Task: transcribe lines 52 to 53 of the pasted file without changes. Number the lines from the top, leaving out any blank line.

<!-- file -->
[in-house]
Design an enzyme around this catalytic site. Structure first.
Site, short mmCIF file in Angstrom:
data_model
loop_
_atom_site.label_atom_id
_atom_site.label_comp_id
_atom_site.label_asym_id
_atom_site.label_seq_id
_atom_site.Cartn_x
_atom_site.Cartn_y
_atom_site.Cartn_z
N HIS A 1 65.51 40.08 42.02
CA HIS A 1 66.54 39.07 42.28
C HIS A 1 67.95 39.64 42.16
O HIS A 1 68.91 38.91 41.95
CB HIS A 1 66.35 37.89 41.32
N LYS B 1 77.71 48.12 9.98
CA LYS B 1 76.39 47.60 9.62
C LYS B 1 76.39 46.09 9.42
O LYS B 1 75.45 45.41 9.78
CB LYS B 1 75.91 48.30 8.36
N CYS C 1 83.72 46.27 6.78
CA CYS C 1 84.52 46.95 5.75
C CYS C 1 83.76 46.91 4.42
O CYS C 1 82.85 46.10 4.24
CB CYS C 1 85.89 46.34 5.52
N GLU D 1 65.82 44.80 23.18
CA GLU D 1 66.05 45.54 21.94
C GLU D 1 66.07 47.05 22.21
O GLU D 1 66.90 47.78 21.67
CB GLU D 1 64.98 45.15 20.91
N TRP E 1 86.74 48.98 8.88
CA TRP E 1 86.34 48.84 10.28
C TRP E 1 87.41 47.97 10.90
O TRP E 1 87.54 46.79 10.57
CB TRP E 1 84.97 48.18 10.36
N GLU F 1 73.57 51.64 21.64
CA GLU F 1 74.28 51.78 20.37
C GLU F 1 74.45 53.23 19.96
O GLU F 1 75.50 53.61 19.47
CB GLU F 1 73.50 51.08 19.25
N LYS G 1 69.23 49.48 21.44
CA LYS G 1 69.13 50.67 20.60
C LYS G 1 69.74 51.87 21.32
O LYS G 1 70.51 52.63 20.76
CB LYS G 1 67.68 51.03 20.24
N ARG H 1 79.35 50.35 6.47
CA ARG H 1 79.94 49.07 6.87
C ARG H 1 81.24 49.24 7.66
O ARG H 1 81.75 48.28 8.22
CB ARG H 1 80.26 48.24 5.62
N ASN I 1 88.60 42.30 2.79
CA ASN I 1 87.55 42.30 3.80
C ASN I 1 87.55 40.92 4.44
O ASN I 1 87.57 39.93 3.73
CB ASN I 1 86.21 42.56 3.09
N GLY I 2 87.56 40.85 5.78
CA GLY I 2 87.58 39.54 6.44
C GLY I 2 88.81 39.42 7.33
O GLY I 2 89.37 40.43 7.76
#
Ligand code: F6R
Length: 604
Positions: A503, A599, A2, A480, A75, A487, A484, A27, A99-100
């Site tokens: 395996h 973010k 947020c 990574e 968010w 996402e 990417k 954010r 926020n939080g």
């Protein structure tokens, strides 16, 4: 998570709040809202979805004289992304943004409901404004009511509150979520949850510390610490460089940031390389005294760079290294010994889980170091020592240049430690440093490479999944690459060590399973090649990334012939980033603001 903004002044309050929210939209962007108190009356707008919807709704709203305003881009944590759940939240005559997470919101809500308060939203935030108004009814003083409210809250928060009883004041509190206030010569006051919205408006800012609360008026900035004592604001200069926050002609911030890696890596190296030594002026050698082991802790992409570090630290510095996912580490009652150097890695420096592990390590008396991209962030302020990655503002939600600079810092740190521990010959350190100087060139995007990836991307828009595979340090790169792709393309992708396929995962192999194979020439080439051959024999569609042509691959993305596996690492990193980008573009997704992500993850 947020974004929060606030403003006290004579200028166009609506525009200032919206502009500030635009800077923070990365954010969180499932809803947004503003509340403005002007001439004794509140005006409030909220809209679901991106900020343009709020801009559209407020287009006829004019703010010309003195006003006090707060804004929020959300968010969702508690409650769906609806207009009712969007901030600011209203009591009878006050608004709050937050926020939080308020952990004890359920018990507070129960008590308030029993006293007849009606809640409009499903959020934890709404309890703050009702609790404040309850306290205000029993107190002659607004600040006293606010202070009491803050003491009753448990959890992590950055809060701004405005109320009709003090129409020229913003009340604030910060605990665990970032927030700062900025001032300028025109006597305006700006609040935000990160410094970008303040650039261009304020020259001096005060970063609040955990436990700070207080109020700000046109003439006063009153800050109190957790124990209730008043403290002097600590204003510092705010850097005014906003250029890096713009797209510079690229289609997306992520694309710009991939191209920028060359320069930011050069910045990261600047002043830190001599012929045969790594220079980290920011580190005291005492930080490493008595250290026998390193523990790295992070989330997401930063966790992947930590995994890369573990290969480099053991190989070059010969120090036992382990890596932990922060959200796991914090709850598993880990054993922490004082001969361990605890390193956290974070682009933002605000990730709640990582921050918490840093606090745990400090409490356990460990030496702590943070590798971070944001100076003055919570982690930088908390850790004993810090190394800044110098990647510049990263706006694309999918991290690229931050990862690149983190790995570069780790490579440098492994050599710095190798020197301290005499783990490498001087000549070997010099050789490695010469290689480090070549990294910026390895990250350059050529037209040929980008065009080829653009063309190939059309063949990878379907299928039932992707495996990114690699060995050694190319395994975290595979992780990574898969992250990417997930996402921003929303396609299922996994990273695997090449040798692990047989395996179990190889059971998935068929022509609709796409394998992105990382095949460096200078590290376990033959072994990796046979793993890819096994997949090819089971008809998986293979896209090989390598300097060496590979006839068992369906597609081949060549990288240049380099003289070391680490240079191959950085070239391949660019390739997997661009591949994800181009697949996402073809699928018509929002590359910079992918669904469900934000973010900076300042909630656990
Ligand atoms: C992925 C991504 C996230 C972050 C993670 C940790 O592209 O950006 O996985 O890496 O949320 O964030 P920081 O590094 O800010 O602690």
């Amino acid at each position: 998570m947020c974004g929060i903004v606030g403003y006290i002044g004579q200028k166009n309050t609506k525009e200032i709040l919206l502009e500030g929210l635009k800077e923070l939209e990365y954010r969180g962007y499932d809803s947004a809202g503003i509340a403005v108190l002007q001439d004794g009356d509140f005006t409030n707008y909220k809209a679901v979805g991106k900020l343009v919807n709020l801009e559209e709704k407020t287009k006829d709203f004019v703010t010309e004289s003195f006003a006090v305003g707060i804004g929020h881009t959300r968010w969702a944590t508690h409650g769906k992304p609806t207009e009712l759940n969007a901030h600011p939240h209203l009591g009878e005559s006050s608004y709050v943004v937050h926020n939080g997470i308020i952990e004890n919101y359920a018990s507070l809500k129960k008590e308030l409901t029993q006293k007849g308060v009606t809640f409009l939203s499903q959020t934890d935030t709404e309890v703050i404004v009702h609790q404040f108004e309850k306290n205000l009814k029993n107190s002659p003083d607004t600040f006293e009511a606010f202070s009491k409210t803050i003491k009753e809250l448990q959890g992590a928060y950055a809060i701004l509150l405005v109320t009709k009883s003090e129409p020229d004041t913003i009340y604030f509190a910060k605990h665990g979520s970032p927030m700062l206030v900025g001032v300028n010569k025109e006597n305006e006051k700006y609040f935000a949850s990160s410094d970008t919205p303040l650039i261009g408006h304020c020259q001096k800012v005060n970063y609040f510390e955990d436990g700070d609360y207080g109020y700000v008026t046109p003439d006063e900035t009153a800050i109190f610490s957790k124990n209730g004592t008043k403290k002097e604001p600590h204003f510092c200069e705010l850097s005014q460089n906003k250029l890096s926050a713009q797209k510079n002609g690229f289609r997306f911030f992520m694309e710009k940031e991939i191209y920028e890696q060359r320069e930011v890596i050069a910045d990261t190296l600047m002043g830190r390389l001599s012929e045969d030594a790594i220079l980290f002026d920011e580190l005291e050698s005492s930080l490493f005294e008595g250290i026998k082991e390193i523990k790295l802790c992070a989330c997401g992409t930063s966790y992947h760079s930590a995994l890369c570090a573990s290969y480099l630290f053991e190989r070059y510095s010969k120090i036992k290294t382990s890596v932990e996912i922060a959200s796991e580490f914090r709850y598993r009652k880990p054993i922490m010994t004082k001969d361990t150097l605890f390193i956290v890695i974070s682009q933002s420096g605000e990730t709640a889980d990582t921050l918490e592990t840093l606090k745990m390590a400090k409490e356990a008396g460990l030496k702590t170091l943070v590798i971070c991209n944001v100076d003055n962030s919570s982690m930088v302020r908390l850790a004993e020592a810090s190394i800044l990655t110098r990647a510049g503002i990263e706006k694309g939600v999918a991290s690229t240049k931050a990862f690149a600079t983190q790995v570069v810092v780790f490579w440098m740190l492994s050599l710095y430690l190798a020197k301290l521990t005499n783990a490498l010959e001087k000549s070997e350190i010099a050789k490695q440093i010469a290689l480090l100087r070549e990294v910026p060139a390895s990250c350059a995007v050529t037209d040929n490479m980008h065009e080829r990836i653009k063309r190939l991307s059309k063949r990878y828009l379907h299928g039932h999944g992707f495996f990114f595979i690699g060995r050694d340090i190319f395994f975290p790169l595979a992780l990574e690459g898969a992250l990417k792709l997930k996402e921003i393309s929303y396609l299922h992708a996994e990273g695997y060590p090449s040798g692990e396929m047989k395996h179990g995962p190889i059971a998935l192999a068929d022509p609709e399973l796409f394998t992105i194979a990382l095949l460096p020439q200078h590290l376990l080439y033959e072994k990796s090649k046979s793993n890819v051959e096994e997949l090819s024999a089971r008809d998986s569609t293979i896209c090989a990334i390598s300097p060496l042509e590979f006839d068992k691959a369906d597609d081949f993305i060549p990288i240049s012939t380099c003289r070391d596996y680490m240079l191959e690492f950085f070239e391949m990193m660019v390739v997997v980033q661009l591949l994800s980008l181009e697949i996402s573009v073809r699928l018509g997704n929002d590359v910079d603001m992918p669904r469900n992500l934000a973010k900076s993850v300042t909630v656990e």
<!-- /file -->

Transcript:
CB ARG H 1 80.26 48.24 5.62
N ASN I 1 88.60 42.30 2.79